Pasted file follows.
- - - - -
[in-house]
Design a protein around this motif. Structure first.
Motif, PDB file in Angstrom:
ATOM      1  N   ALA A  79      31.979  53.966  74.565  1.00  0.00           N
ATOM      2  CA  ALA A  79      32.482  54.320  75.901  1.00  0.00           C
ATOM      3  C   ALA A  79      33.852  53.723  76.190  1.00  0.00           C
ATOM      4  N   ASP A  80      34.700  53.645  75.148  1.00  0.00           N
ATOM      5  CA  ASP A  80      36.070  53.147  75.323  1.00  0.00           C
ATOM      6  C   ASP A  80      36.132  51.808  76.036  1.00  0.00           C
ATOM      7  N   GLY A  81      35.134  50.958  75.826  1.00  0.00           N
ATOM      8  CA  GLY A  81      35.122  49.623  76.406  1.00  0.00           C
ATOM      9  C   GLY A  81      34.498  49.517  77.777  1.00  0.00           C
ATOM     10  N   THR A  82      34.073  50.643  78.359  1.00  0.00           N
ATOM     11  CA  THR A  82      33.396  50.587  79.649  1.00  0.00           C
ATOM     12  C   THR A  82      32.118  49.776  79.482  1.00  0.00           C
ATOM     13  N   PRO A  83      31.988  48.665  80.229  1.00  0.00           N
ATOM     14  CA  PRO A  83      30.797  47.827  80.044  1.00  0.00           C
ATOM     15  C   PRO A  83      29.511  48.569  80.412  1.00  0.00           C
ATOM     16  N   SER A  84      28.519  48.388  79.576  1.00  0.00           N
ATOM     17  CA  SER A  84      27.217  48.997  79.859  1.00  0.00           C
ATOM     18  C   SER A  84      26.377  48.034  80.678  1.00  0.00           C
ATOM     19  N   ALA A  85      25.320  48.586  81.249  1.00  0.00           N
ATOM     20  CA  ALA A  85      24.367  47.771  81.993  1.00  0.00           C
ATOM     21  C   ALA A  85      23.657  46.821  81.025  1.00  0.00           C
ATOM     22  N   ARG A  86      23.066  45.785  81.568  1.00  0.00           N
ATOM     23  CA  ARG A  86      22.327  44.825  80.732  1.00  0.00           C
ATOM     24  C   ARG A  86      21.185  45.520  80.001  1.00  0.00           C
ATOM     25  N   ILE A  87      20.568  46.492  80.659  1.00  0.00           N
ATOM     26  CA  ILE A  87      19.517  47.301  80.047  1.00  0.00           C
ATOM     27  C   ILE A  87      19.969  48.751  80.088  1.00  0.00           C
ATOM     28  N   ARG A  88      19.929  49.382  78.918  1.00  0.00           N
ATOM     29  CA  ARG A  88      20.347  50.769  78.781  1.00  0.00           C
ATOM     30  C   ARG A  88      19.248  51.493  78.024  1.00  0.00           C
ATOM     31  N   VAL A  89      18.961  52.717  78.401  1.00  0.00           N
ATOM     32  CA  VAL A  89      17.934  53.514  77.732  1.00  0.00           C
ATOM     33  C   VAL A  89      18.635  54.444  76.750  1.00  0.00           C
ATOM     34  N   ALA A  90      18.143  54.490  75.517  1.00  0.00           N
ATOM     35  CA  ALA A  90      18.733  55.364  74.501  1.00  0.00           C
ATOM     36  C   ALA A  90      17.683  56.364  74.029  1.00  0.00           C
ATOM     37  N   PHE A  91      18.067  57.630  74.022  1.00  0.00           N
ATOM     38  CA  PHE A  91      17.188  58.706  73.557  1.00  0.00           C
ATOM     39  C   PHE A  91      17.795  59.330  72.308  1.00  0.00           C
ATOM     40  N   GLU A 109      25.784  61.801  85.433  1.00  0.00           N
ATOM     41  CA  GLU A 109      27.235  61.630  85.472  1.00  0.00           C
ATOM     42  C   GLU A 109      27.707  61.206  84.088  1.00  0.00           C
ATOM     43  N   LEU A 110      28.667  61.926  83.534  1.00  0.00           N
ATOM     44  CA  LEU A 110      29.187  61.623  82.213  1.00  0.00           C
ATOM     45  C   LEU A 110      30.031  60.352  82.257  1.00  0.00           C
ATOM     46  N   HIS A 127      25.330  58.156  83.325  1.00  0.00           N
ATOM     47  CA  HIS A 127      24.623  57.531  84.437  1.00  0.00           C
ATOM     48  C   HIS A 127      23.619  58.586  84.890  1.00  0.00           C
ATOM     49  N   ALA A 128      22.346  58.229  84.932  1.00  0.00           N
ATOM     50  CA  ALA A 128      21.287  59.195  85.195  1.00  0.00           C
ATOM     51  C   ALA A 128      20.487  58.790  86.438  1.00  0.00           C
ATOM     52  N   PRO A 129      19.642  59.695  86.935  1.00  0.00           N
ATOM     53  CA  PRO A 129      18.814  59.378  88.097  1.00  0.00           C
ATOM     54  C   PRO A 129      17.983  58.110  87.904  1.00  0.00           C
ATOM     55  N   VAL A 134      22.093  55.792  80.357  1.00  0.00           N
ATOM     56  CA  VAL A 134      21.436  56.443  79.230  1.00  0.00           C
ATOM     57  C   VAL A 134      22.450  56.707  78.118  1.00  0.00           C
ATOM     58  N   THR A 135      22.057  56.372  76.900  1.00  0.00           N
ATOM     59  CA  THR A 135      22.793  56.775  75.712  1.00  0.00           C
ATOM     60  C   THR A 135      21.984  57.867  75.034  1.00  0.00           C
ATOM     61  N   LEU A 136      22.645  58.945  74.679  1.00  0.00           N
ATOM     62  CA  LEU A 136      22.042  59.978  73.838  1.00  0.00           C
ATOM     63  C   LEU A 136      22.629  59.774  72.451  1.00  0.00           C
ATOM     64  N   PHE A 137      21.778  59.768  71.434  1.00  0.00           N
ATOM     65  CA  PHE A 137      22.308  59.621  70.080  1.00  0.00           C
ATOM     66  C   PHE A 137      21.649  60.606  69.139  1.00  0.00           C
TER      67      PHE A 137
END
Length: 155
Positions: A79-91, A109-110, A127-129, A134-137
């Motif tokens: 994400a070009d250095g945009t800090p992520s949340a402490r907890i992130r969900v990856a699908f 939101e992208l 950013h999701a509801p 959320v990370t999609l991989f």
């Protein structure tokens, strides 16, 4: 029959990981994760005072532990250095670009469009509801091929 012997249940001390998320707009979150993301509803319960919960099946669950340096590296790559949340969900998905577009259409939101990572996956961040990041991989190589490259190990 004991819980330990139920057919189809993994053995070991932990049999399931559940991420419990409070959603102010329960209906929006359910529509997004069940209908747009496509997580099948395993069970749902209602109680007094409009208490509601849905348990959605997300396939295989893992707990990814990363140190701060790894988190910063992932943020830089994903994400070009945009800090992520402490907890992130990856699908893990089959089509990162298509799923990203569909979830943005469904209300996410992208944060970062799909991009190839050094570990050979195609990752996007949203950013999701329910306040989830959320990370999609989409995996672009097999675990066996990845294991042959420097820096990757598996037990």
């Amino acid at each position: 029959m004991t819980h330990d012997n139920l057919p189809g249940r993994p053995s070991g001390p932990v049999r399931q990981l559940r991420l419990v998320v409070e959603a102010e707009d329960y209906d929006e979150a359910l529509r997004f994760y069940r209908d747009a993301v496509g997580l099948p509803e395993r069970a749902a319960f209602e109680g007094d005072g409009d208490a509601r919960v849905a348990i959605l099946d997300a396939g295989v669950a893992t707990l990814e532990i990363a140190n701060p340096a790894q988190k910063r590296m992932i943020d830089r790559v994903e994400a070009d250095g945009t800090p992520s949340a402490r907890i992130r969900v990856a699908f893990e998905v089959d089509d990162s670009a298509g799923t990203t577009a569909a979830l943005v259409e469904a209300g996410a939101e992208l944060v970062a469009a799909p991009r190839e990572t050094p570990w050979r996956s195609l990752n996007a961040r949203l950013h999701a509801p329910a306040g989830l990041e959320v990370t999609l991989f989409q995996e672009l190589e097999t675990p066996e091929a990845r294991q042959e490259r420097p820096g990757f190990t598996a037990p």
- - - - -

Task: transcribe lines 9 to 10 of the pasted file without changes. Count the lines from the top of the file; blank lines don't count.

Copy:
ATOM      6  C   ASP A  80      36.132  51.808  76.036  1.00  0.00           C
ATOM      7  N   GLY A  81      35.134  50.958  75.826  1.00  0.00           N